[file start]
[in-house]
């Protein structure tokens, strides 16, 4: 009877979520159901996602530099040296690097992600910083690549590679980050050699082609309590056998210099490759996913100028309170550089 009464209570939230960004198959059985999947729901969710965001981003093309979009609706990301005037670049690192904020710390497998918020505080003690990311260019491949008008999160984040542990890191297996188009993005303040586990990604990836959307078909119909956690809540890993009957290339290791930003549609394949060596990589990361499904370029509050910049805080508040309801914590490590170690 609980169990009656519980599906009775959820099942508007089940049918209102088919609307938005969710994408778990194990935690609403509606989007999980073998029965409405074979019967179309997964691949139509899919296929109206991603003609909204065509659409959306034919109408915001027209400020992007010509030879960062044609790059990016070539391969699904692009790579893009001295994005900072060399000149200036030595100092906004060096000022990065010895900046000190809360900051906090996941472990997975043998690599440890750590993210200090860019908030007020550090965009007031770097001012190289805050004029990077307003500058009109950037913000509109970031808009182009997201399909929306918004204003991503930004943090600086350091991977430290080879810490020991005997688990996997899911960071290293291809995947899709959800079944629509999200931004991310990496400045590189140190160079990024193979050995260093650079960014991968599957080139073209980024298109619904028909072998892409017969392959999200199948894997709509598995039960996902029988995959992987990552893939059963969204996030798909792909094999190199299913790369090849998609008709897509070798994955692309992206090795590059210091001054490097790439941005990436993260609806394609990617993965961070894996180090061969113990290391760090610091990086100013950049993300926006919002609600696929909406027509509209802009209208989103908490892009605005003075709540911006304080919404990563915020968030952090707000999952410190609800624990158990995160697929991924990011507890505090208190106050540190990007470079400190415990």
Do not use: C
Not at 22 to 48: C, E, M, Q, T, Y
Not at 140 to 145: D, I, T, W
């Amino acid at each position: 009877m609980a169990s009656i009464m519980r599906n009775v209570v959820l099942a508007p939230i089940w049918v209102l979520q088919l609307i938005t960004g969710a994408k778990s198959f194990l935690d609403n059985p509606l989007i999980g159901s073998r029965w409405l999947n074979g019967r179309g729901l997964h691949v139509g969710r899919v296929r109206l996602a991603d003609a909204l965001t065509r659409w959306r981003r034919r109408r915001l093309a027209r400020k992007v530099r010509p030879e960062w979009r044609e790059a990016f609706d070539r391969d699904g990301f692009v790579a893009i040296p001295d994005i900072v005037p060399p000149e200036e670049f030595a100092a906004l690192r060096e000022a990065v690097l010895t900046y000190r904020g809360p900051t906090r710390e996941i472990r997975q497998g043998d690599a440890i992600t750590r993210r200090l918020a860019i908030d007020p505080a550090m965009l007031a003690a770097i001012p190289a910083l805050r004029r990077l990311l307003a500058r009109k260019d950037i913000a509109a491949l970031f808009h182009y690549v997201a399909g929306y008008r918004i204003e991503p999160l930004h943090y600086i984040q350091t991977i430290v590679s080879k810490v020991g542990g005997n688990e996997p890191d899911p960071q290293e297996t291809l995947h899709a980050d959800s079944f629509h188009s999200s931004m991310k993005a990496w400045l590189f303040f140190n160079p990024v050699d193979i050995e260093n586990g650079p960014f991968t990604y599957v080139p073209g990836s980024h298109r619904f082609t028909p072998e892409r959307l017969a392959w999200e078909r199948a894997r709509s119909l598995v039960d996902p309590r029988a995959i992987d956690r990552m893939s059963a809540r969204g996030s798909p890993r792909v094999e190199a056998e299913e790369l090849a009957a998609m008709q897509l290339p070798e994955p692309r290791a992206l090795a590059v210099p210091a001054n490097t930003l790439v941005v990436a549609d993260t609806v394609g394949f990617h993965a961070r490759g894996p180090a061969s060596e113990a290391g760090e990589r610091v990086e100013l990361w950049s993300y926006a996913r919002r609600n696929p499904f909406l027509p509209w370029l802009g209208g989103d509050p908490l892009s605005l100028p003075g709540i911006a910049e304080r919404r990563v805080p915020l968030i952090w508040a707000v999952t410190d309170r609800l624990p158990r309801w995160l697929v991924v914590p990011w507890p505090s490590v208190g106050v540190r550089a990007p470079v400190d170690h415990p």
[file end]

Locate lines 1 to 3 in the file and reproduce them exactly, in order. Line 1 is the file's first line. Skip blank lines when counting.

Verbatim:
[in-house]
């Protein structure tokens, strides 16, 4: 009877979520159901996602530099040296690097992600910083690549590679980050050699082609309590056998210099490759996913100028309170550089 009464209570939230960004198959059985999947729901969710965001981003093309979009609706990301005037670049690192904020710390497998918020505080003690990311260019491949008008999160984040542990890191297996188009993005303040586990990604990836959307078909119909956690809540890993009957290339290791930003549609394949060596990589990361499904370029509050910049805080508040309801914590490590170690 609980169990009656519980599906009775959820099942508007089940049918209102088919609307938005969710994408778990194990935690609403509606989007999980073998029965409405074979019967179309997964691949139509899919296929109206991603003609909204065509659409959306034919109408915001027209400020992007010509030879960062044609790059990016070539391969699904692009790579893009001295994005900072060399000149200036030595100092906004060096000022990065010895900046000190809360900051906090996941472990997975043998690599440890750590993210200090860019908030007020550090965009007031770097001012190289805050004029990077307003500058009109950037913000509109970031808009182009997201399909929306918004204003991503930004943090600086350091991977430290080879810490020991005997688990996997899911960071290293291809995947899709959800079944629509999200931004991310990496400045590189140190160079990024193979050995260093650079960014991968599957080139073209980024298109619904028909072998892409017969392959999200199948894997709509598995039960996902029988995959992987990552893939059963969204996030798909792909094999190199299913790369090849998609008709897509070798994955692309992206090795590059210091001054490097790439941005990436993260609806394609990617993965961070894996180090061969113990290391760090610091990086100013950049993300926006919002609600696929909406027509509209802009209208989103908490892009605005003075709540911006304080919404990563915020968030952090707000999952410190609800624990158990995160697929991924990011507890505090208190106050540190990007470079400190415990």
Do not use: C